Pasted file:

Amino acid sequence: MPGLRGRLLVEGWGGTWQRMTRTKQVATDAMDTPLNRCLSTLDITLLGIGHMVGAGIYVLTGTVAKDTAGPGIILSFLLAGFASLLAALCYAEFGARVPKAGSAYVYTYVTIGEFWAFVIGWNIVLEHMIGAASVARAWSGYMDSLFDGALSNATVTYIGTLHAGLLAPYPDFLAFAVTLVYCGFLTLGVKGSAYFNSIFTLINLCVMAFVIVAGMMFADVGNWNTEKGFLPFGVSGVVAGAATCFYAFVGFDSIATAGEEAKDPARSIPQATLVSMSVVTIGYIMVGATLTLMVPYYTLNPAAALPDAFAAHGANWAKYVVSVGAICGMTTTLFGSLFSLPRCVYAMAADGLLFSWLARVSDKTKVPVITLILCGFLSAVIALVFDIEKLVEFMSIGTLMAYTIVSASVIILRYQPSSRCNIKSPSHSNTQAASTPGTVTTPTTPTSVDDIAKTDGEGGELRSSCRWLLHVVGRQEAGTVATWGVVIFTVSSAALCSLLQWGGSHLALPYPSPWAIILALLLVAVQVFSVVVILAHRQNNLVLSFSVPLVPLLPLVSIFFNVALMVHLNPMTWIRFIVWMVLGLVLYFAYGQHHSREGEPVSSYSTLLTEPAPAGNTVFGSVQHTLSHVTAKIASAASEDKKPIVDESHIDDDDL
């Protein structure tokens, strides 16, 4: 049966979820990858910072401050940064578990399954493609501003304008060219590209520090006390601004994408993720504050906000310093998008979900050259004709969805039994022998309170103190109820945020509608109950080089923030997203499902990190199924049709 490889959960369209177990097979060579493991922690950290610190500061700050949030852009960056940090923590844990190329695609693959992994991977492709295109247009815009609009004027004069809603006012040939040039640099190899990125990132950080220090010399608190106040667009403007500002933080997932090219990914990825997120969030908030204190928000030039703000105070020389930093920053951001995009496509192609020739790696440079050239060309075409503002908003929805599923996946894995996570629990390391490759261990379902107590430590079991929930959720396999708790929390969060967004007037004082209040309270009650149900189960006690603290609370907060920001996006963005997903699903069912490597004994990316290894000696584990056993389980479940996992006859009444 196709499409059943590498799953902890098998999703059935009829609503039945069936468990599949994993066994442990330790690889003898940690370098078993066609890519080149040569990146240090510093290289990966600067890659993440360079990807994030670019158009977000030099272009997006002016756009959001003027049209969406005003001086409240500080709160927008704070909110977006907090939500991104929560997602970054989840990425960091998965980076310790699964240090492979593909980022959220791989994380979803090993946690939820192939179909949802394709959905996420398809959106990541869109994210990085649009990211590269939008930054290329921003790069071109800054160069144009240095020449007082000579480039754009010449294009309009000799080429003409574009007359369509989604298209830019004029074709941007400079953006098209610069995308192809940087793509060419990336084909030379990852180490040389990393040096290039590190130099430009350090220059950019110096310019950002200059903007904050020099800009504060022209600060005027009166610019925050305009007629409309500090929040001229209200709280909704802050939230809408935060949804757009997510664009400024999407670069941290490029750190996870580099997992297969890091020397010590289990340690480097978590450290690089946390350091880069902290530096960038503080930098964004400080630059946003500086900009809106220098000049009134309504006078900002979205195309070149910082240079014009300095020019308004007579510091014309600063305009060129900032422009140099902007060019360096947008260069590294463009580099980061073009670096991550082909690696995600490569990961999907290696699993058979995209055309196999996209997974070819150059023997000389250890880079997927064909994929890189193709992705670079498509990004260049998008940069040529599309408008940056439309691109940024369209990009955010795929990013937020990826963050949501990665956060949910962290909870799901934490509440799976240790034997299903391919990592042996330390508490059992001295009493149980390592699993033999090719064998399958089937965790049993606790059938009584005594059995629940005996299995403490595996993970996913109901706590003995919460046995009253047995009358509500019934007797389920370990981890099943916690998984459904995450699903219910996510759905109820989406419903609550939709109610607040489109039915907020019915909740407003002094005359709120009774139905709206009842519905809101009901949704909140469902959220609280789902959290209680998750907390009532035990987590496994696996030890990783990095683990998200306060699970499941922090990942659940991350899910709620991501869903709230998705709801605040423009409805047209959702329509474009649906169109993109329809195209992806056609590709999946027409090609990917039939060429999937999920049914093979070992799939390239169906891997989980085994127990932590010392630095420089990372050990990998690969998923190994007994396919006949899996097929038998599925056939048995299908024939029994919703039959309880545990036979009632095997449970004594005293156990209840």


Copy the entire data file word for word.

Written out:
Amino acid sequence: MPGLRGRLLVEGWGGTWQRMTRTKQVATDAMDTPLNRCLSTLDITLLGIGHMVGAGIYVLTGTVAKDTAGPGIILSFLLAGFASLLAALCYAEFGARVPKAGSAYVYTYVTIGEFWAFVIGWNIVLEHMIGAASVARAWSGYMDSLFDGALSNATVTYIGTLHAGLLAPYPDFLAFAVTLVYCGFLTLGVKGSAYFNSIFTLINLCVMAFVIVAGMMFADVGNWNTEKGFLPFGVSGVVAGAATCFYAFVGFDSIATAGEEAKDPARSIPQATLVSMSVVTIGYIMVGATLTLMVPYYTLNPAAALPDAFAAHGANWAKYVVSVGAICGMTTTLFGSLFSLPRCVYAMAADGLLFSWLARVSDKTKVPVITLILCGFLSAVIALVFDIEKLVEFMSIGTLMAYTIVSASVIILRYQPSSRCNIKSPSHSNTQAASTPGTVTTPTTPTSVDDIAKTDGEGGELRSSCRWLLHVVGRQEAGTVATWGVVIFTVSSAALCSLLQWGGSHLALPYPSPWAIILALLLVAVQVFSVVVILAHRQNNLVLSFSVPLVPLLPLVSIFFNVALMVHLNPMTWIRFIVWMVLGLVLYFAYGQHHSREGEPVSSYSTLLTEPAPAGNTVFGSVQHTLSHVTAKIASAASEDKKPIVDESHIDDDDL
């Protein structure tokens, strides 16, 4: 049966979820990858910072401050940064578990399954493609501003304008060219590209520090006390601004994408993720504050906000310093998008979900050259004709969805039994022998309170103190109820945020509608109950080089923030997203499902990190199924049709 490889959960369209177990097979060579493991922690950290610190500061700050949030852009960056940090923590844990190329695609693959992994991977492709295109247009815009609009004027004069809603006012040939040039640099190899990125990132950080220090010399608190106040667009403007500002933080997932090219990914990825997120969030908030204190928000030039703000105070020389930093920053951001995009496509192609020739790696440079050239060309075409503002908003929805599923996946894995996570629990390391490759261990379902107590430590079991929930959720396999708790929390969060967004007037004082209040309270009650149900189960006690603290609370907060920001996006963005997903699903069912490597004994990316290894000696584990056993389980479940996992006859009444 196709499409059943590498799953902890098998999703059935009829609503039945069936468990599949994993066994442990330790690889003898940690370098078993066609890519080149040569990146240090510093290289990966600067890659993440360079990807994030670019158009977000030099272009997006002016756009959001003027049209969406005003001086409240500080709160927008704070909110977006907090939500991104929560997602970054989840990425960091998965980076310790699964240090492979593909980022959220791989994380979803090993946690939820192939179909949802394709959905996420398809959106990541869109994210990085649009990211590269939008930054290329921003790069071109800054160069144009240095020449007082000579480039754009010449294009309009000799080429003409574009007359369509989604298209830019004029074709941007400079953006098209610069995308192809940087793509060419990336084909030379990852180490040389990393040096290039590190130099430009350090220059950019110096310019950002200059903007904050020099800009504060022209600060005027009166610019925050305009007629409309500090929040001229209200709280909704802050939230809408935060949804757009997510664009400024999407670069941290490029750190996870580099997992297969890091020397010590289990340690480097978590450290690089946390350091880069902290530096960038503080930098964004400080630059946003500086900009809106220098000049009134309504006078900002979205195309070149910082240079014009300095020019308004007579510091014309600063305009060129900032422009140099902007060019360096947008260069590294463009580099980061073009670096991550082909690696995600490569990961999907290696699993058979995209055309196999996209997974070819150059023997000389250890880079997927064909994929890189193709992705670079498509990004260049998008940069040529599309408008940056439309691109940024369209990009955010795929990013937020990826963050949501990665956060949910962290909870799901934490509440799976240790034997299903391919990592042996330390508490059992001295009493149980390592699993033999090719064998399958089937965790049993606790059938009584005594059995629940005996299995403490595996993970996913109901706590003995919460046995009253047995009358509500019934007797389920370990981890099943916690998984459904995450699903219910996510759905109820989406419903609550939709109610607040489109039915907020019915909740407003002094005359709120009774139905709206009842519905809101009901949704909140469902959220609280789902959290209680998750907390009532035990987590496994696996030890990783990095683990998200306060699970499941922090990942659940991350899910709620991501869903709230998705709801605040423009409805047209959702329509474009649906169109993109329809195209992806056609590709999946027409090609990917039939060429999937999920049914093979070992799939390239169906891997989980085994127990932590010392630095420089990372050990990998690969998923190994007994396919006949899996097929038998599925056939048995299908024939029994919703039959309880545990036979009632095997449970004594005293156990209840």